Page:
Great Spirits, I return triumphant!  I have taken from Godshome
the goddess of the realms above, called Sky, with hair of the color of her
realm.  She has proven herself an able huntress, and by her own words was
not the claimed woman of any man.  She is worthy to bear many strong
children, oh Spirits, and is a fitting companion.  Even more, I now know
why the warriors of my people fight to the death, even against innumerable
foes, for their woman.  I had thought it nothing, a weakness of the
mortals, something left to them, and risen above amongst the ranks of the
Gods.  But now I understand, Great Spirits, and bow to your wisdom in
hiding these things from me until you led me to a worthy mate.  Your
ageless knowledge has asserted itself once more, and humbles me in its

	Truly, Spirits of my Ancestors, I have taken my place amongst the
Gods. I have taken from among them one of their own, and escaped unscathed
from the very midst of their castle, using the source of our mutual power
to return here, to MY realm, where I rule supreme.  They were as less than
children, unable to even perceive my presence.  Truly, the raid would have
been perfect, but my skills had grown lax while residing in Godshome, and
I was not able to kill both mortals who confronted my quickly enough to
stop them from giving an alarm.  This was my only mistake, Great Spirits,
and I ask of you your forgiveness for letting my skills decline.  Fear
not, though, oh Spirits, for I suspect that my new woman will encourage
the practice of my skills at arms, and shall increase my awareness of my
surroundings, beyond even the levels of the past.  As I said, she is truly
a worthy mate.

	Great Spirits, I ask of you a boon.  If there is a strong man
amongst the Gods, lead him here, that I may encounter him, and know that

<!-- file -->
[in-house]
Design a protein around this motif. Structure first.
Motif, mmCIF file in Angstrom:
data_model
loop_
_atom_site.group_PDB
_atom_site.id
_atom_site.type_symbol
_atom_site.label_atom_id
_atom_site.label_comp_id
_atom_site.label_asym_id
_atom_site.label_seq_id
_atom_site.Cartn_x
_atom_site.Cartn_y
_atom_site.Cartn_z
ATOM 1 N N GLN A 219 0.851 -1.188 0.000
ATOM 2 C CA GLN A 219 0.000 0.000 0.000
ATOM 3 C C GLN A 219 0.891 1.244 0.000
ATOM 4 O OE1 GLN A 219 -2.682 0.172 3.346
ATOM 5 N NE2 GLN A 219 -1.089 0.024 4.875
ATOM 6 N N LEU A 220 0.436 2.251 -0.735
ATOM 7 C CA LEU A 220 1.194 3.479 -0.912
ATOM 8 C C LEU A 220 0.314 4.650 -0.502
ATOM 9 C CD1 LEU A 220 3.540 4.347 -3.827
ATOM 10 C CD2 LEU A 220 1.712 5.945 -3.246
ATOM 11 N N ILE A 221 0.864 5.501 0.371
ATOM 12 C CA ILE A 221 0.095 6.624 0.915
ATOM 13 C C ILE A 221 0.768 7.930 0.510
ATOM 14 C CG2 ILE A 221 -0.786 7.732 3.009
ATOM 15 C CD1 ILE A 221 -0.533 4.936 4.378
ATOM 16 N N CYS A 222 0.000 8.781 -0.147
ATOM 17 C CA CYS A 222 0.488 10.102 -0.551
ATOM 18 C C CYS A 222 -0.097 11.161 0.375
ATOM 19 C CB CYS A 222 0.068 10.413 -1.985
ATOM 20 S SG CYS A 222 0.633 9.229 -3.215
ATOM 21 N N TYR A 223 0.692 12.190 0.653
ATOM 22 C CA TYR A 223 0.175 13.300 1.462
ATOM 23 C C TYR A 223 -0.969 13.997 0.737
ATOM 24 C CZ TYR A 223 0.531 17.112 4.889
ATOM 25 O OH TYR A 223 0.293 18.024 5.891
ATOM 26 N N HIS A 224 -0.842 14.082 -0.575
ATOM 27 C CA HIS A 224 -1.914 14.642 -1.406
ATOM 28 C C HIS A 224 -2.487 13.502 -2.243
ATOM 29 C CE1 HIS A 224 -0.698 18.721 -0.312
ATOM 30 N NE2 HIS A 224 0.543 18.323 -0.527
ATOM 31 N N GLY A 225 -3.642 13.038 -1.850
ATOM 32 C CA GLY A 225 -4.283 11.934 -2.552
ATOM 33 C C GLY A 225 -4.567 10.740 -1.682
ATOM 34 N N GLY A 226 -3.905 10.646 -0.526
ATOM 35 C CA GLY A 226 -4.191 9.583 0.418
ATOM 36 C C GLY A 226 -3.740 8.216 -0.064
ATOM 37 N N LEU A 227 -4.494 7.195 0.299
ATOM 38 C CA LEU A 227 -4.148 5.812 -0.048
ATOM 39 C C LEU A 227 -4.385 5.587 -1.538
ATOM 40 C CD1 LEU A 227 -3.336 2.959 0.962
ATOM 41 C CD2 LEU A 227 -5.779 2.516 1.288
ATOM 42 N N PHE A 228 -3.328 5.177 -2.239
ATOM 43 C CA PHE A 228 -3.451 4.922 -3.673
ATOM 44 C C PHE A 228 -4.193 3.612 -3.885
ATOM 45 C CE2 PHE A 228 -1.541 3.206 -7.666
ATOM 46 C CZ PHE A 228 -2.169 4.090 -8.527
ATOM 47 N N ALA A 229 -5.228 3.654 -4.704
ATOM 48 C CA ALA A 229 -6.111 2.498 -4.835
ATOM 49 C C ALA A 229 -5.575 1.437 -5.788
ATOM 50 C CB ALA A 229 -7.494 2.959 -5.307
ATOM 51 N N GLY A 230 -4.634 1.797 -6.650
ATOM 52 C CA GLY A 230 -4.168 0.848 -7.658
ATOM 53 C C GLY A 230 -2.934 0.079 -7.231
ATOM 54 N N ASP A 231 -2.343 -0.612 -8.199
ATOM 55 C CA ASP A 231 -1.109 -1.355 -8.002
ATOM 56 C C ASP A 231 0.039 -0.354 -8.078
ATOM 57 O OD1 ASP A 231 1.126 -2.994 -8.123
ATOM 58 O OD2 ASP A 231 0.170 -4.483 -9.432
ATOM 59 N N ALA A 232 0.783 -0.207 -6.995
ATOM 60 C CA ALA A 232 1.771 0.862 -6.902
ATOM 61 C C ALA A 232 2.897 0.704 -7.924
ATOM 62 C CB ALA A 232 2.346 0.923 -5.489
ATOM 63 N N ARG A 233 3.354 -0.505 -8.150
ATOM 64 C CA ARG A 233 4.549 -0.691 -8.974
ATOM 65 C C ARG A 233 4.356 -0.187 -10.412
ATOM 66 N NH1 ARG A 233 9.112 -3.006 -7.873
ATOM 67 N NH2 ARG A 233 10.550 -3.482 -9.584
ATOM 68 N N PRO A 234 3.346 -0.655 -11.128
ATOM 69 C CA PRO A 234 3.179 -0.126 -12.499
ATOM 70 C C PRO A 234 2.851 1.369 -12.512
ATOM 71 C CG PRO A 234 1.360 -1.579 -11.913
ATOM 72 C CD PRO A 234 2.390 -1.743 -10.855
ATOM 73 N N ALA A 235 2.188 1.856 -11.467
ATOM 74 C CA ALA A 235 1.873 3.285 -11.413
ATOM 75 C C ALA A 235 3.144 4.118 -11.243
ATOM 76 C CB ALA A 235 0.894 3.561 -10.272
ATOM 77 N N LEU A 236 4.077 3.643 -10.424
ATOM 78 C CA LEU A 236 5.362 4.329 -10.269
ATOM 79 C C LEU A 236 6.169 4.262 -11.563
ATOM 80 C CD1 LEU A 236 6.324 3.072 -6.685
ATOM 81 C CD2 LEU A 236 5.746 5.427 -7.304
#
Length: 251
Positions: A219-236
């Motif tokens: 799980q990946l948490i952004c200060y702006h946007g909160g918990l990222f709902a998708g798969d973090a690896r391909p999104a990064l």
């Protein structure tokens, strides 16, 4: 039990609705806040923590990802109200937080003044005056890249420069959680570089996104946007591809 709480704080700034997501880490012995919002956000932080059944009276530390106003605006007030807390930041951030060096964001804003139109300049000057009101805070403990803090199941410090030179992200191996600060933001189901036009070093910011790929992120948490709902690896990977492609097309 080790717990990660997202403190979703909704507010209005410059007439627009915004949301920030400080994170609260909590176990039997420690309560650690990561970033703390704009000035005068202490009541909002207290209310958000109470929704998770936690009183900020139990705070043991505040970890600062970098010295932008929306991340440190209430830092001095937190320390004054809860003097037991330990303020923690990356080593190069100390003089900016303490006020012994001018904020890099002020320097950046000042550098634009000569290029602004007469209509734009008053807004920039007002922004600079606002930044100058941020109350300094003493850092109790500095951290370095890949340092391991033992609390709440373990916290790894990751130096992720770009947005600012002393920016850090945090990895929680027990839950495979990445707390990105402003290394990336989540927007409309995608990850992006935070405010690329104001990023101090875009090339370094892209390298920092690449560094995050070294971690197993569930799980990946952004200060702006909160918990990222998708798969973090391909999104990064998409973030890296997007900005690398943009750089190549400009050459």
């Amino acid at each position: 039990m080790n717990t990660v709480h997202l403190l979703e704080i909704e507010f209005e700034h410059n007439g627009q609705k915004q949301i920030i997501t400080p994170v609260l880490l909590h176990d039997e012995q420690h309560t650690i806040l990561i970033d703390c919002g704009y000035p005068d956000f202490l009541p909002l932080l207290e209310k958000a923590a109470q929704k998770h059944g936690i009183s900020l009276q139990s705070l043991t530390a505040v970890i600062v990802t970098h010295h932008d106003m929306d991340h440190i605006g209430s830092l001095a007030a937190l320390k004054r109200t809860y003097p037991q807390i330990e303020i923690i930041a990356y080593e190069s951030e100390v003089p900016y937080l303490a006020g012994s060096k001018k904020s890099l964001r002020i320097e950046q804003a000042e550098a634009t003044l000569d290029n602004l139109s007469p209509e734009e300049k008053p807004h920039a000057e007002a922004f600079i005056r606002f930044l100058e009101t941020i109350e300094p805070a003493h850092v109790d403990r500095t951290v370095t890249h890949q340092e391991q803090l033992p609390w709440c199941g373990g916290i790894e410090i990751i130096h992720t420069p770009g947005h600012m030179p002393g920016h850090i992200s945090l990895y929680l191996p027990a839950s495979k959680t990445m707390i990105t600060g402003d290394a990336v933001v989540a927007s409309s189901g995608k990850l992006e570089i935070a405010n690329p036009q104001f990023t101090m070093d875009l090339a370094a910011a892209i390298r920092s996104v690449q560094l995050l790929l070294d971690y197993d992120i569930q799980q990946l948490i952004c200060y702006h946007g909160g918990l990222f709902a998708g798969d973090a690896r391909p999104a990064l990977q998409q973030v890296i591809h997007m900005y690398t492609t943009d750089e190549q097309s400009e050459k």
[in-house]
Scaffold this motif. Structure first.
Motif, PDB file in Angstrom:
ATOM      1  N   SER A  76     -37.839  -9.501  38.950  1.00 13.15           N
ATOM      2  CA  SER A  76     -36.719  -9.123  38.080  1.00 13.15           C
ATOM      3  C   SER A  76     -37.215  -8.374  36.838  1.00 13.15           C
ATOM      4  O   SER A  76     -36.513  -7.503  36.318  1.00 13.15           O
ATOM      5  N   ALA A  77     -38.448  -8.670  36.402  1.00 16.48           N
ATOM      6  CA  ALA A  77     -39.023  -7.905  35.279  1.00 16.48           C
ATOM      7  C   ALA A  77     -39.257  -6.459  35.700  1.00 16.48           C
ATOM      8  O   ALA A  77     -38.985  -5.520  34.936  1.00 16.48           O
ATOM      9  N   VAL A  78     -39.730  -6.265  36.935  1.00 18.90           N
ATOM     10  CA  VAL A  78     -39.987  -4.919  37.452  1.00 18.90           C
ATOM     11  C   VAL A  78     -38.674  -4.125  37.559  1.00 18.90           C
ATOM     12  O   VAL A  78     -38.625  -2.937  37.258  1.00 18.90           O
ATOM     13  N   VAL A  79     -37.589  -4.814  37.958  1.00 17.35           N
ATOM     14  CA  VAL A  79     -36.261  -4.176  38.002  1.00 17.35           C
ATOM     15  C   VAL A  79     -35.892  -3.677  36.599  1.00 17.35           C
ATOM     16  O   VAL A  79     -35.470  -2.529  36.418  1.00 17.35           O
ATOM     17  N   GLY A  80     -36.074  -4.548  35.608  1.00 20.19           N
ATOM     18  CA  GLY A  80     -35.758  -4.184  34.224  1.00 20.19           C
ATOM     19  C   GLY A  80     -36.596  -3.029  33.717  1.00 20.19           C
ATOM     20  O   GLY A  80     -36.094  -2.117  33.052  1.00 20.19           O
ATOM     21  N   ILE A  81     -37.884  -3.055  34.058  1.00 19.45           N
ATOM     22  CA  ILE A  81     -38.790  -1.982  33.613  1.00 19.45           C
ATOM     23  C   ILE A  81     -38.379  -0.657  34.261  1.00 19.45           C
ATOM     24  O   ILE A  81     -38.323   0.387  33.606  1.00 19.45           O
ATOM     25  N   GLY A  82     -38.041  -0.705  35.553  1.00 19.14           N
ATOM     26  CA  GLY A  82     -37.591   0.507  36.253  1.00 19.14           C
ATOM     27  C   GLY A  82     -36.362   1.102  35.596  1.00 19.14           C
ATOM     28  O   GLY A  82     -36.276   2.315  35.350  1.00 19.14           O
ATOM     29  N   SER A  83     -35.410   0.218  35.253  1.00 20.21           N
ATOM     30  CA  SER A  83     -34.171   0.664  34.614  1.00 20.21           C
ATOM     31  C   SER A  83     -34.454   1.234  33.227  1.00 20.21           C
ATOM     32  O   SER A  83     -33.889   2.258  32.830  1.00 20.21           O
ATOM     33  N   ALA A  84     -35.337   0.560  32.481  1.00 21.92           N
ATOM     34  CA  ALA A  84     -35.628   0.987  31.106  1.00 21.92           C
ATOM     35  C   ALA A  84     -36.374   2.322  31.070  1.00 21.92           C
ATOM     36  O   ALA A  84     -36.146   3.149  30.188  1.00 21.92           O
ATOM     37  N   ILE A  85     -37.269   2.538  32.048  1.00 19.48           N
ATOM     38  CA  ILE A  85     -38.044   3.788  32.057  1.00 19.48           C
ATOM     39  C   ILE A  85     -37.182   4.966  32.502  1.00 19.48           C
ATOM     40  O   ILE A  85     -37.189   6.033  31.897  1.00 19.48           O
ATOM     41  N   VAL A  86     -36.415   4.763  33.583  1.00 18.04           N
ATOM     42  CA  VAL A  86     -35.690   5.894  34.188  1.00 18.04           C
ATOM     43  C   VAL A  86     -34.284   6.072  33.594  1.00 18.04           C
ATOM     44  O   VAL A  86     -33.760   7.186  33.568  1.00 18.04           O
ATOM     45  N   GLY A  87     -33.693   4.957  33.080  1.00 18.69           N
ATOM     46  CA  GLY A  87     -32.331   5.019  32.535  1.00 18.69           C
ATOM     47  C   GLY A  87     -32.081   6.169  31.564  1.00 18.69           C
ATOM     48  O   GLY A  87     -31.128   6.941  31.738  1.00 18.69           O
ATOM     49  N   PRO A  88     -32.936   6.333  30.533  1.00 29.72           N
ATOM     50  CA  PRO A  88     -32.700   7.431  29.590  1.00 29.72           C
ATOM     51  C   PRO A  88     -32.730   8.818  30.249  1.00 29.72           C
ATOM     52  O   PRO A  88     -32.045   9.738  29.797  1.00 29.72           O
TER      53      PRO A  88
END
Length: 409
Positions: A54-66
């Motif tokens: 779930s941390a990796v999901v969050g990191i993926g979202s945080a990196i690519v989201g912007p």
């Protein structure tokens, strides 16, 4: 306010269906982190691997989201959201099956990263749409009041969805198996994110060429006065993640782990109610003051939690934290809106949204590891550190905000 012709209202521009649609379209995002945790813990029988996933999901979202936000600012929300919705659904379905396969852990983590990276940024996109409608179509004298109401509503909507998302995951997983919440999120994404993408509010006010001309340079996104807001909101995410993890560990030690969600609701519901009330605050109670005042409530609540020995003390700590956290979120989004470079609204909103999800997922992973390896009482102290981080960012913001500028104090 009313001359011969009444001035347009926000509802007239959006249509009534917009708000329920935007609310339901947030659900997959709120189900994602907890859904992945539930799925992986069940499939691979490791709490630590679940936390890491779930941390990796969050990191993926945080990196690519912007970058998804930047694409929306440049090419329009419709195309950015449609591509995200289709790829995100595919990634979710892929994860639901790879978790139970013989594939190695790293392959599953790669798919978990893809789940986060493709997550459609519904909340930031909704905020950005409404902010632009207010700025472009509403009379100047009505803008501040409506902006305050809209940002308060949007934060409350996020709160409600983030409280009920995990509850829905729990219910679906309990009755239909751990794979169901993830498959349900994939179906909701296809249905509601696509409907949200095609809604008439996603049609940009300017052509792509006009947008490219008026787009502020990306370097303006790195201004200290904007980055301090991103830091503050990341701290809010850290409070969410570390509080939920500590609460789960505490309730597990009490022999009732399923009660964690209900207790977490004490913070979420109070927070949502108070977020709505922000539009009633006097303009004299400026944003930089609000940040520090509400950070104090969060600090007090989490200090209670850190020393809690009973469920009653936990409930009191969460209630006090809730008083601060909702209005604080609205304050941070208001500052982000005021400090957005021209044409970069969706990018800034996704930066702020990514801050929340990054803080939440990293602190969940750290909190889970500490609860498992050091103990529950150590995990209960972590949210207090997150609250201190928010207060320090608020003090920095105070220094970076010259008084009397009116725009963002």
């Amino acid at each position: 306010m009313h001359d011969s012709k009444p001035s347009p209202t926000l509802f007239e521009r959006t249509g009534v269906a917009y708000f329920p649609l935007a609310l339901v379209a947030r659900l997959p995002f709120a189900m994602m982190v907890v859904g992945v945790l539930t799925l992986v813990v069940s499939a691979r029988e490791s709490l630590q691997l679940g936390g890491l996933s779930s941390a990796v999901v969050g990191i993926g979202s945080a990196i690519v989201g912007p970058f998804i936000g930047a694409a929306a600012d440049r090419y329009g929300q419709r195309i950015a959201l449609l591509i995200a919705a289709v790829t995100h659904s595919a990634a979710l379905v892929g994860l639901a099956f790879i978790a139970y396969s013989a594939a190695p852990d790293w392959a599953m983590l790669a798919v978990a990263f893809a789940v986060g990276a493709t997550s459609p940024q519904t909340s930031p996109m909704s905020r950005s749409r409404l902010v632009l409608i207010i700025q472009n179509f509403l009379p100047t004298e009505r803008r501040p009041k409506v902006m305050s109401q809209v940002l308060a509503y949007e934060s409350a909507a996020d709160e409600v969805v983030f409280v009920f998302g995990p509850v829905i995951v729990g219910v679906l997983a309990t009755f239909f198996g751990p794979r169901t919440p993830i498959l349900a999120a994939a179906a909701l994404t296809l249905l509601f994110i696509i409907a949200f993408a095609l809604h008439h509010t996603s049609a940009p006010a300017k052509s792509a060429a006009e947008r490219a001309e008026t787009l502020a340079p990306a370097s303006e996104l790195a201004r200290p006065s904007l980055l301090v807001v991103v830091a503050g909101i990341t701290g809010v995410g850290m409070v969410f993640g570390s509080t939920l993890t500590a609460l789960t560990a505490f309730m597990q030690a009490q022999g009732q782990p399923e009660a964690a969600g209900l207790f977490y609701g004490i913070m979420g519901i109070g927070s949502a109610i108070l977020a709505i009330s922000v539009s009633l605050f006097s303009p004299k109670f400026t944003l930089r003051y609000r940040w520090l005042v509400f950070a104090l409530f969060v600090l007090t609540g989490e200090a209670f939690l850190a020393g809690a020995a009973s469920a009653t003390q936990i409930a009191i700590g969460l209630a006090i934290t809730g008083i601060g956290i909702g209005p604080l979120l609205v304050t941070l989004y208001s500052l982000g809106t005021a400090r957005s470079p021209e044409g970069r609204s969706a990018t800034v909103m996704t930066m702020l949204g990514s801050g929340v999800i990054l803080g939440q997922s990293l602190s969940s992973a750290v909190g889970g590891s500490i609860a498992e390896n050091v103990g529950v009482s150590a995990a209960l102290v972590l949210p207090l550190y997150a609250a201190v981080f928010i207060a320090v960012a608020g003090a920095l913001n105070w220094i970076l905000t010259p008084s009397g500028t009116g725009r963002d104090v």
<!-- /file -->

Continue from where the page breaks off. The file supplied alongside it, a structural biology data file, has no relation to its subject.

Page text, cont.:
the realms of the immortals are safe, with a worthy protector.  Those I
have met thus, even the one claiming to be my father, are weaklings and
cowards, hiding behind their sorceries, showing their weakness to all.  I
recall again Corwin, who claims to be my father, in his cowardice, leading
me to bring about Claudio's death, using my ignorance to accomplish that
which he could not do.  Claudio himself could have avoided that, merely by
killing Corwin and taking Sky, but instead chose to sneak off, leaving to
Corwin's mercy a son of Claudio's blood.  Then Archimedes, called Crown
Prince amongst the Gods, which I take as an expression of rank and power,
required my aid in walking the Pattern, as he was not strong enough to
accomplish it on his own.  I aided him, as he is of high rank in the realm
of the Gods, and will remember this favor when I return to claim amongst
them my place befitting my deeds.  Also, Great Spirits, I feel some
friendship towards him, despite his weakness, which prompted me to aid him
in his walking of the Pattern.  Not until later did I learn that he, too,
is dominated by a woman, the Goddess Laughter, who reigns over which
realm, I do not know.  She, perhaps, will be my second wife, Great
Spirits, claimed after Sky has accepted her position, and appreciates her
status as a mate of a strong God.

	In truth, Great Spirits, Godshome abounds with worthy mates.  I
have met many Goddesses during my time there.  Fiona, Flora, Laughter and
Sky are all beautiful women, and if Laughter and Sky are representative of
them, all will bear many strong sons to their mates.  Would that there
were Gods amongst them strong enough to take them, that Godshome would be
ripe with Warrior-Gods.  Though Corwin told me of the Patternfall, and of
the prowess of the Gods, I begin to suspect he embellished the truth,
making himself, and them, look better to gain my favor.  Would that
Benedict and Bleys, and their father, Oberon, were what Corwin made them
out to be.  The strength of Gerard, and the prowess of Julian, all would
bring from me the respect worthy their stations among the Gods.  Yet,
though I have not yet met two of them, Gerard and Julian, I have met Bleys
and Benedict.  Though Benedict I do not know, Bleys has shown his weakness
before, and will yet again, I feel sure.  Those mighty battles, I suspect,
are at best pale shadows of the tales of Corwin, at worst facile lies to
win my respect.

	Great Spirits, I thank you for guiding me to Godshome, and to the
woman fated for me.  I will remain for a time, watching over your people
as I have been given to do through the ages, residing here with my new
mate, and raising a strong family, with your aid.

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